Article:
The Minigame Court (an offshoot of Chris Bateman's blog Only a Game) currently has Quick Time Events (QTEs) on trial. For the game uninitiated, QTEs encompass any action where the player must suddenly (and sometimes repeatedly) hit a button or series of buttons to preform an action during a non-gameplay moment. It has, perhaps most famously, be characterized as "Press X to Not Die".
You may read the prosecution and defense here: http://tinyurl.com/89qdvh
Vote here: http://tinyurl.com/8w6jqd
My comments become so meandering, I decided to post them here.
Quick Time Events for the sake of keeping the player awake are a gross misinterpretation of their original purpose. QTEs were intended to provide game designers a means to include complex, often context sensitive actions, without the benefit of a complex interface or simulation.
Let's go back to their origin: Dragon's Lair. This is a game about simple controls resulting in complex action. To rescue the princess, Dirk (the stalwart hero) must dodge, jump, attack, avoid, and many other action-y things. The interface is a single joystick and a single button. A direction and an action. As the game context changes so does what the direction and/or action mean. But that's okay, because that is all that the game ever asks of you, pick the right direction or action to continue.
Fast forward to today, where in many games you have a wide range of controls available throughout the active gameplay segments. In many 3D platformers, shooters, and action games there are as many as a dozen different verbs given to the player at ANY time via the increasingly complex controllers. Movement on one joystick, camera view on another. Then jump, shoot, use, pick up, drop, equip, etc. The user is expected to do many things through the rich interface provided.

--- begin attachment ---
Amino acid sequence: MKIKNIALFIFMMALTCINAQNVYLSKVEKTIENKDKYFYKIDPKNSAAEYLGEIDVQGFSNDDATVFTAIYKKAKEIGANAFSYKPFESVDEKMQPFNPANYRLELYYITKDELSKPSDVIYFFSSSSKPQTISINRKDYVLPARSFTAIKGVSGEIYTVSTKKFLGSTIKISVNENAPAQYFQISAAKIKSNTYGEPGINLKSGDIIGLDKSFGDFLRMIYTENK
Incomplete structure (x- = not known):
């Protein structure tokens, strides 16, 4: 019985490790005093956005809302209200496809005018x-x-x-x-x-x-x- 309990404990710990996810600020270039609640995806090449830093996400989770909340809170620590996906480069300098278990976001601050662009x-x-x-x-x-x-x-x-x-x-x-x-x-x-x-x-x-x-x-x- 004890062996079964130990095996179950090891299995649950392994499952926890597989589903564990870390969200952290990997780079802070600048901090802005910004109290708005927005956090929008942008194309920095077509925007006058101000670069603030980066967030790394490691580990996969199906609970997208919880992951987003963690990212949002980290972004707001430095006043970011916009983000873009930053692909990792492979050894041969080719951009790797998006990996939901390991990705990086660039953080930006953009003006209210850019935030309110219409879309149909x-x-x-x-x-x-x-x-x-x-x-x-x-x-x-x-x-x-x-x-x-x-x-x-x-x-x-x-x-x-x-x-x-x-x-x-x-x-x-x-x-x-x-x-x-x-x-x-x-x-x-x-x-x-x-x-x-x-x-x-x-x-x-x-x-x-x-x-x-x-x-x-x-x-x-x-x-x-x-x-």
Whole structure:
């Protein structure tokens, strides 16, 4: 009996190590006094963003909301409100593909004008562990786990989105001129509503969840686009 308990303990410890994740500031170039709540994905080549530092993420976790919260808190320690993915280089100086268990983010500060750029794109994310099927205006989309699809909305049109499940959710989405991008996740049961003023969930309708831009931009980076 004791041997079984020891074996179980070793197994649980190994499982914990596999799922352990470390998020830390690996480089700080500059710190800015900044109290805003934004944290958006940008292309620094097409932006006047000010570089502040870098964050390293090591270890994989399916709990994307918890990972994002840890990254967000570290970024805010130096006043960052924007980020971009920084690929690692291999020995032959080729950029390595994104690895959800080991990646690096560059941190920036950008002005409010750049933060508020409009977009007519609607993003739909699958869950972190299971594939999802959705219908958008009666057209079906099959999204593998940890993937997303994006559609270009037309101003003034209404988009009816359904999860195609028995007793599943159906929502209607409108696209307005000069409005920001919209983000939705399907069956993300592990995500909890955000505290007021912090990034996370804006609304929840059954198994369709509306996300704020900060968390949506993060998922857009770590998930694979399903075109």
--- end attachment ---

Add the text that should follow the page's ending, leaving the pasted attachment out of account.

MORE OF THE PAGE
Until the game reaches a cut scene and promptly removes all control. Then the game demands you press a button, or complete an input sequence (sometimes randomly generated), to continue.
The complex control for complex actions is suddenly suplanted by a simple control for a very specific complex action. That sudden shift of interface and control is the killer leap.
Press X for Lazy Design
Truth be told, I don't hate QTEs all that much. I understand (sometimes) why they are used. However, in many cases they are used an excuse to be lazy and not design a better metaphor for interaction.
Case in point: I've just started playing Bioware's Mass Effect. I'm a self-declared Bioware fanboy, but certain choices made in the interface of this game are already starting to irritate me.
Hacking, for instance, is done via a short Simon Says mini-game. A QTE that scales in difficulty with the lock strengths and your skill attributes. And to some small degree it meshes with the metaphor of the task without pulling the user out of the game too much. But at the same time it could have been better. Repeating the sequence steps, as they appear, within the limited time turns the job of hacking into a skill of reflex instead of intellect. Fail to have the reaction time needed and you suffer the penalty of using onmigel (in-game resources) to overcome your failure. It makes me wonder how much I'll simply be relying on omnigel to get things done as I progress through the game.
Alternatively, Fallout 3 uses a system where hacking takes you to a terminal-style screen. You have to examine a jumbled output of data/text/randomness and try to guess the password by playing Master Mind. Words highlight as you select them. Choosing one gives you an idea of how much of it was right. Finding matched braces in the jumble can also help you by removing bad options or resetting the screen. Solving these takes a lot more skill, or sometimes luck, than a QTE, and fits better with the narrative world that it exists in.
My, now much belabored, point is that QTEs are fine so long as they make sense within the interface, context, and overall storytelling method that your game employs. Too often though they are used as gimmicks or cheap challenges to replace real game design. This shouldn't be so. Most of all, though, is the argument that if you are going to include QTEs, then make them a regular part of the game. Introduce them often and use them regularly. Give the players a fighting chance of getting them right, and if they fail, perhaps provide an easy exit so they don't have to suffer your poor design choices to continue.